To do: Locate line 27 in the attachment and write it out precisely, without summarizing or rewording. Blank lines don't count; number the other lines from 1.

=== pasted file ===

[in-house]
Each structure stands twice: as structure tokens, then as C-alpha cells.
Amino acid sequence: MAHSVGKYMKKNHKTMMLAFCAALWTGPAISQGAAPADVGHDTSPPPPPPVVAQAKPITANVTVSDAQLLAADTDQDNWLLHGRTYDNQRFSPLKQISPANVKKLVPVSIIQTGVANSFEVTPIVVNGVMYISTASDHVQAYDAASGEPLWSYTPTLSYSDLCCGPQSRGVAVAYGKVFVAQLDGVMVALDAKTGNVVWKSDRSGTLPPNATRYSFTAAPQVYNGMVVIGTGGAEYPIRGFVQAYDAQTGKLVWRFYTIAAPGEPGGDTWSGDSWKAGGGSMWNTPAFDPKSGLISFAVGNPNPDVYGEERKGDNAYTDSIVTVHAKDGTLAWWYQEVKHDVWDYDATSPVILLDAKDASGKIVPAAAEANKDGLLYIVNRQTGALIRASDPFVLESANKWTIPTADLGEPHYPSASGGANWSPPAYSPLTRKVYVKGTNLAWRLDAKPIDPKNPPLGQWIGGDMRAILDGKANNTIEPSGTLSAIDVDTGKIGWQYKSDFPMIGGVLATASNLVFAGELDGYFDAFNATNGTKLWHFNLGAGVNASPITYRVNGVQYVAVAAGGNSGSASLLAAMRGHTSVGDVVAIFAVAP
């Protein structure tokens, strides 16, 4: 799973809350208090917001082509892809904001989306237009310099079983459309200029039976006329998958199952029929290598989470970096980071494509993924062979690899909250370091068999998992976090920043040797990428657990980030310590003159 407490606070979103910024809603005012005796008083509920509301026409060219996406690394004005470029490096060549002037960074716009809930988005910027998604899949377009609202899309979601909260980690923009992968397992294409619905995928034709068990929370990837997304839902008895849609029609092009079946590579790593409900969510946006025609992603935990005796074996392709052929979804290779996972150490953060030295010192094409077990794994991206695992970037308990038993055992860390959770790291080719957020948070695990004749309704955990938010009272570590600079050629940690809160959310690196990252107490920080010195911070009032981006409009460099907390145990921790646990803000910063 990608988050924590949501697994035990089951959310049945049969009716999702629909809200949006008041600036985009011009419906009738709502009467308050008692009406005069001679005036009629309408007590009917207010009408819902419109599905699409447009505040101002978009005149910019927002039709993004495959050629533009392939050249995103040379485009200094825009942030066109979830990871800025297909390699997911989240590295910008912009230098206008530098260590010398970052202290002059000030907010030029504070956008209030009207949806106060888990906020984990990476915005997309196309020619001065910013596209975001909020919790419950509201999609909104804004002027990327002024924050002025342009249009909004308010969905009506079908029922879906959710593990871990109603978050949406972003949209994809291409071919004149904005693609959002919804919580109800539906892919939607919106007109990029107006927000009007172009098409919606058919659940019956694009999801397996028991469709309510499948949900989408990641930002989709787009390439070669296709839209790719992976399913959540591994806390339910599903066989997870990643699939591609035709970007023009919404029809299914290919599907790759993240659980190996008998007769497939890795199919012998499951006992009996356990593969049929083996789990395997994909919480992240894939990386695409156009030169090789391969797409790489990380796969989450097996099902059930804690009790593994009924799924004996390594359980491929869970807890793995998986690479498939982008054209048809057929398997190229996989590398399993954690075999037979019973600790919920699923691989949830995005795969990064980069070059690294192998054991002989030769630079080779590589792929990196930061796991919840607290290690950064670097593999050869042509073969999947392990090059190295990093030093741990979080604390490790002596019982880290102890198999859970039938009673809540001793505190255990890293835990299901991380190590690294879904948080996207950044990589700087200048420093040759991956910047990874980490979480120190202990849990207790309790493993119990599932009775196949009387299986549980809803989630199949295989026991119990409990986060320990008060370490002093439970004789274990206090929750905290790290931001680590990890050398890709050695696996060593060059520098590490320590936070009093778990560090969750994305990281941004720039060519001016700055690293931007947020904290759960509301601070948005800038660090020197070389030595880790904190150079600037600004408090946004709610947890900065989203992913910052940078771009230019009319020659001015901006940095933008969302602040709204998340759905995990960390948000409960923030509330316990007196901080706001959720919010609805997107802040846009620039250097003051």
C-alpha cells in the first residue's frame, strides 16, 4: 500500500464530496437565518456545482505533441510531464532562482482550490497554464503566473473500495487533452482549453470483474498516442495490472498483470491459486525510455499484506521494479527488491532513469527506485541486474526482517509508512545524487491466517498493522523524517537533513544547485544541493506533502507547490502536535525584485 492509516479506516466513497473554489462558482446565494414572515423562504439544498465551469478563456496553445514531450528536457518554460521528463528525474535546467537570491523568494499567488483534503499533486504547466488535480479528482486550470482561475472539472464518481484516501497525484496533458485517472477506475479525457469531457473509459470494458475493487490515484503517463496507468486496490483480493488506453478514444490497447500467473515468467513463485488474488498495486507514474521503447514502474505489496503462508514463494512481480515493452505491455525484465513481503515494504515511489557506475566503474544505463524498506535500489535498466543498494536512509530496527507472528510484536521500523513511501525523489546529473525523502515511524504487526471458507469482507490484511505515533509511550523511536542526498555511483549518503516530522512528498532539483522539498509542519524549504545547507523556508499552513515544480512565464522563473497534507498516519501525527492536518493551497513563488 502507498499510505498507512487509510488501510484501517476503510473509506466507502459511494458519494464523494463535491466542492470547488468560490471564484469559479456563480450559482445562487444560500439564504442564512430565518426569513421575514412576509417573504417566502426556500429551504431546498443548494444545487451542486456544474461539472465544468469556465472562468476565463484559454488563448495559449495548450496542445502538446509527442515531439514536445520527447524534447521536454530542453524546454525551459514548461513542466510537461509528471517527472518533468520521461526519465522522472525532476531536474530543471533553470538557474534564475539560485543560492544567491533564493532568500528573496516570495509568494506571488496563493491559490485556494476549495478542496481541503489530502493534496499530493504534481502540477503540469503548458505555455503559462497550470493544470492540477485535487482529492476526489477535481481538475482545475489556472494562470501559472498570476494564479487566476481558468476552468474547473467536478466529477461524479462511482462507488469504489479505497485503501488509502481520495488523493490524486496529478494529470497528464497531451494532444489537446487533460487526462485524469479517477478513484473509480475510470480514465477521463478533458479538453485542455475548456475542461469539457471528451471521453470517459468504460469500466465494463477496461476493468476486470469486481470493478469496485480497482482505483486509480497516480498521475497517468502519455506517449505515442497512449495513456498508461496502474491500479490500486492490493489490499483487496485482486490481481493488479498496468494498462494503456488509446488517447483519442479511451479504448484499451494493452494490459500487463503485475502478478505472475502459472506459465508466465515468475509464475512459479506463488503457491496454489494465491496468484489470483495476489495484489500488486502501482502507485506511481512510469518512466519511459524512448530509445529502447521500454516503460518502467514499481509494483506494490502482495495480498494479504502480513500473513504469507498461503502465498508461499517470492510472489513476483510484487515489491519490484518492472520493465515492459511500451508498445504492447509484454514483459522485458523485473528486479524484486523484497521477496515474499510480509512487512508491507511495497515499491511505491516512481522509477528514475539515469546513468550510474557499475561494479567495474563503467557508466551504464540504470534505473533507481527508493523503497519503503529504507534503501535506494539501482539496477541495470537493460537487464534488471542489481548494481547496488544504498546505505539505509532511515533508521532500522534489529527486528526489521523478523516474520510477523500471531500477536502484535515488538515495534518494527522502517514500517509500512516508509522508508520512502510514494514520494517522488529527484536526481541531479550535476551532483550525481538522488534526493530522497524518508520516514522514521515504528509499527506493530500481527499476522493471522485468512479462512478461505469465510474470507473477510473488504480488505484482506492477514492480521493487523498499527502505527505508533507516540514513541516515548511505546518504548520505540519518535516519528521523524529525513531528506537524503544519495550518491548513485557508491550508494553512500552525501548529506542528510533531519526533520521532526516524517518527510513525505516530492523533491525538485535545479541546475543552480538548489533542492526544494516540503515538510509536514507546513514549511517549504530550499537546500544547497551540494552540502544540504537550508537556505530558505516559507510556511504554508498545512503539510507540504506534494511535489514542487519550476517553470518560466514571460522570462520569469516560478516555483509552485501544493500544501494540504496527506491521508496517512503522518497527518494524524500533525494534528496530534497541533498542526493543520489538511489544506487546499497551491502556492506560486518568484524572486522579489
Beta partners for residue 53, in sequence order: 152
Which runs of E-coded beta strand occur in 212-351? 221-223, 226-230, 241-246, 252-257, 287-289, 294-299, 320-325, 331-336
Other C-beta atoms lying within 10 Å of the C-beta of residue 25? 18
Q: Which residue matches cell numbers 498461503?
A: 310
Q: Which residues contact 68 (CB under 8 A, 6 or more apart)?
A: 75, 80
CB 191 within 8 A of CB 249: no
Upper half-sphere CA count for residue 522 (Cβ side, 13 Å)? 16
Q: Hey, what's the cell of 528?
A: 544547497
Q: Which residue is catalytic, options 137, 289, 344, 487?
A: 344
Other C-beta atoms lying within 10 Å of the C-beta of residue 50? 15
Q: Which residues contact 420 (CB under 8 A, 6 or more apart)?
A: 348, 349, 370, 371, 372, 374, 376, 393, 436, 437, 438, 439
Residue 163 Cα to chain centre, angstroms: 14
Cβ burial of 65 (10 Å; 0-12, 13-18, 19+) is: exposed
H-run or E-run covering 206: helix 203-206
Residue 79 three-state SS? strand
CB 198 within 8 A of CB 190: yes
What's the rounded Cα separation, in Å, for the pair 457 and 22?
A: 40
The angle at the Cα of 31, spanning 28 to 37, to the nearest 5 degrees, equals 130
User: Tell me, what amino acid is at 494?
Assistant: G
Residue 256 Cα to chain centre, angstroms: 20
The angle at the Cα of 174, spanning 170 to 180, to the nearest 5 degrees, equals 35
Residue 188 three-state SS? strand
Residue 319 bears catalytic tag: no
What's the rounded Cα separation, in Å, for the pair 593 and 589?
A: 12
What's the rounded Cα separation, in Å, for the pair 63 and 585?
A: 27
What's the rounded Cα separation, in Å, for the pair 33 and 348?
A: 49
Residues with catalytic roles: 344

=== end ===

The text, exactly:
What's the rounded Cα separation, in Å, for the pair 457 and 22?